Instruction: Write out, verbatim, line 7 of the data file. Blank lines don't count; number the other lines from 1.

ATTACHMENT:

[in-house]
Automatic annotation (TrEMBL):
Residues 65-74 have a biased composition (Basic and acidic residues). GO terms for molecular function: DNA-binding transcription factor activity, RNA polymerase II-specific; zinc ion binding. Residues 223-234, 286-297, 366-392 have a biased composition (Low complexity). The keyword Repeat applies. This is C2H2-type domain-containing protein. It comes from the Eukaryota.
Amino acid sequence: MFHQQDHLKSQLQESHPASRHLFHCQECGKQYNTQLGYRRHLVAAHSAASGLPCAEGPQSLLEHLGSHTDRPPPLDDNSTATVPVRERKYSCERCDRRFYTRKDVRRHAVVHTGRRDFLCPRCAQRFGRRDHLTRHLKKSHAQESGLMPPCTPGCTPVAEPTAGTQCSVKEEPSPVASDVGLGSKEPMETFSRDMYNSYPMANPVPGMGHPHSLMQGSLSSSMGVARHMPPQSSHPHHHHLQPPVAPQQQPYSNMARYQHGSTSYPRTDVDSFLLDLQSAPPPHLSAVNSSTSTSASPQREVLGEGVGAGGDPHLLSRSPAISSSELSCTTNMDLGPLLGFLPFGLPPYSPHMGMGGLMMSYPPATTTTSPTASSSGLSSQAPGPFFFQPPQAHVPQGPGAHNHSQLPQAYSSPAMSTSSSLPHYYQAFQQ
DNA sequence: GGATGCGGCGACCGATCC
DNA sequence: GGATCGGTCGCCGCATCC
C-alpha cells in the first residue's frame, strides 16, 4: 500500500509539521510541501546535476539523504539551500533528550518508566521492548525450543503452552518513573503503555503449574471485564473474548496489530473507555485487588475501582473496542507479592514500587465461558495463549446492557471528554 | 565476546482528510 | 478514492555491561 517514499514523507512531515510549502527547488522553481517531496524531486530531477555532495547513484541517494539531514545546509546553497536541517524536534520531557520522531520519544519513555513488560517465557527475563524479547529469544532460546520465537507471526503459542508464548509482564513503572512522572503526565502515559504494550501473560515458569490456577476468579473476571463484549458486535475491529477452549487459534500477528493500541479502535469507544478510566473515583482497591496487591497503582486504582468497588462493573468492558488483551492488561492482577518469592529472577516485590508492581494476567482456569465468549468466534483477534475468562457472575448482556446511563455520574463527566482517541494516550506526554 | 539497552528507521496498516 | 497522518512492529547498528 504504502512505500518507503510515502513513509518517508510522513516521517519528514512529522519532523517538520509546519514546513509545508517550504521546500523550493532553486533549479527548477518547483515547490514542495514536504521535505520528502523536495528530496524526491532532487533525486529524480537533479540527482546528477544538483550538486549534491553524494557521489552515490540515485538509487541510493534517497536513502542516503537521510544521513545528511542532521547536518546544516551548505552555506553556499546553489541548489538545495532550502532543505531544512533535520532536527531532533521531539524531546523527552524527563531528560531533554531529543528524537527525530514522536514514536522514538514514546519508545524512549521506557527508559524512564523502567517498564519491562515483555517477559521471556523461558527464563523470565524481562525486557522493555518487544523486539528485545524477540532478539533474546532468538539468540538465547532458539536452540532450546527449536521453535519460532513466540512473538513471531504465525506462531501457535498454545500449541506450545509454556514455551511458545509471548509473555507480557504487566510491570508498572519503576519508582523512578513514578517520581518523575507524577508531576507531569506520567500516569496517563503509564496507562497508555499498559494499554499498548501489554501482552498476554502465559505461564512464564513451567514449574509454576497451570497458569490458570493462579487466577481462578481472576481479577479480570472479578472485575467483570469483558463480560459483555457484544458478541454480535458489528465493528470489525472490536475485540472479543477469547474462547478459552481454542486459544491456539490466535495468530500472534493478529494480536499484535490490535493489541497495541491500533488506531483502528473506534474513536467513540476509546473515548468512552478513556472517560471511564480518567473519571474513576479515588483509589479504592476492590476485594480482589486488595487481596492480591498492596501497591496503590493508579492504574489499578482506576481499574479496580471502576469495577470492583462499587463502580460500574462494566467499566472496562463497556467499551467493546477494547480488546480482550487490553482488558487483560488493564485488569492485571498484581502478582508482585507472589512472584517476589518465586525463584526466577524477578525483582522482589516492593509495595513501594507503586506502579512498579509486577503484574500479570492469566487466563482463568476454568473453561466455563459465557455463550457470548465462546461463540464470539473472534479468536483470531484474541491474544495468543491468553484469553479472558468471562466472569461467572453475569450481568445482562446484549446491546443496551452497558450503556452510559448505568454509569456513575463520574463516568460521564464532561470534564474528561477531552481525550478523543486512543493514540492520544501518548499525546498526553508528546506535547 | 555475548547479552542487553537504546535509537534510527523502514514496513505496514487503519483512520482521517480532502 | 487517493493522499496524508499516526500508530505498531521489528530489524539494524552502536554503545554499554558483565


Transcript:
C-alpha cells in the first residue's frame, strides 16, 4: 500500500509539521510541501546535476539523504539551500533528550518508566521492548525450543503452552518513573503503555503449574471485564473474548496489530473507555485487588475501582473496542507479592514500587465461558495463549446492557471528554 | 565476546482528510 | 478514492555491561 517514499514523507512531515510549502527547488522553481517531496524531486530531477555532495547513484541517494539531514545546509546553497536541517524536534520531557520522531520519544519513555513488560517465557527475563524479547529469544532460546520465537507471526503459542508464548509482564513503572512522572503526565502515559504494550501473560515458569490456577476468579473476571463484549458486535475491529477452549487459534500477528493500541479502535469507544478510566473515583482497591496487591497503582486504582468497588462493573468492558488483551492488561492482577518469592529472577516485590508492581494476567482456569465468549468466534483477534475468562457472575448482556446511563455520574463527566482517541494516550506526554 | 539497552528507521496498516 | 497522518512492529547498528 504504502512505500518507503510515502513513509518517508510522513516521517519528514512529522519532523517538520509546519514546513509545508517550504521546500523550493532553486533549479527548477518547483515547490514542495514536504521535505520528502523536495528530496524526491532532487533525486529524480537533479540527482546528477544538483550538486549534491553524494557521489552515490540515485538509487541510493534517497536513502542516503537521510544521513545528511542532521547536518546544516551548505552555506553556499546553489541548489538545495532550502532543505531544512533535520532536527531532533521531539524531546523527552524527563531528560531533554531529543528524537527525530514522536514514536522514538514514546519508545524512549521506557527508559524512564523502567517498564519491562515483555517477559521471556523461558527464563523470565524481562525486557522493555518487544523486539528485545524477540532478539533474546532468538539468540538465547532458539536452540532450546527449536521453535519460532513466540512473538513471531504465525506462531501457535498454545500449541506450545509454556514455551511458545509471548509473555507480557504487566510491570508498572519503576519508582523512578513514578517520581518523575507524577508531576507531569506520567500516569496517563503509564496507562497508555499498559494499554499498548501489554501482552498476554502465559505461564512464564513451567514449574509454576497451570497458569490458570493462579487466577481462578481472576481479577479480570472479578472485575467483570469483558463480560459483555457484544458478541454480535458489528465493528470489525472490536475485540472479543477469547474462547478459552481454542486459544491456539490466535495468530500472534493478529494480536499484535490490535493489541497495541491500533488506531483502528473506534474513536467513540476509546473515548468512552478513556472517560471511564480518567473519571474513576479515588483509589479504592476492590476485594480482589486488595487481596492480591498492596501497591496503590493508579492504574489499578482506576481499574479496580471502576469495577470492583462499587463502580460500574462494566467499566472496562463497556467499551467493546477494547480488546480482550487490553482488558487483560488493564485488569492485571498484581502478582508482585507472589512472584517476589518465586525463584526466577524477578525483582522482589516492593509495595513501594507503586506502579512498579509486577503484574500479570492469566487466563482463568476454568473453561466455563459465557455463550457470548465462546461463540464470539473472534479468536483470531484474541491474544495468543491468553484469553479472558468471562466472569461467572453475569450481568445482562446484549446491546443496551452497558450503556452510559448505568454509569456513575463520574463516568460521564464532561470534564474528561477531552481525550478523543486512543493514540492520544501518548499525546498526553508528546506535547 | 555475548547479552542487553537504546535509537534510527523502514514496513505496514487503519483512520482521517480532502 | 487517493493522499496524508499516526500508530505498531521489528530489524539494524552502536554503545554499554558483565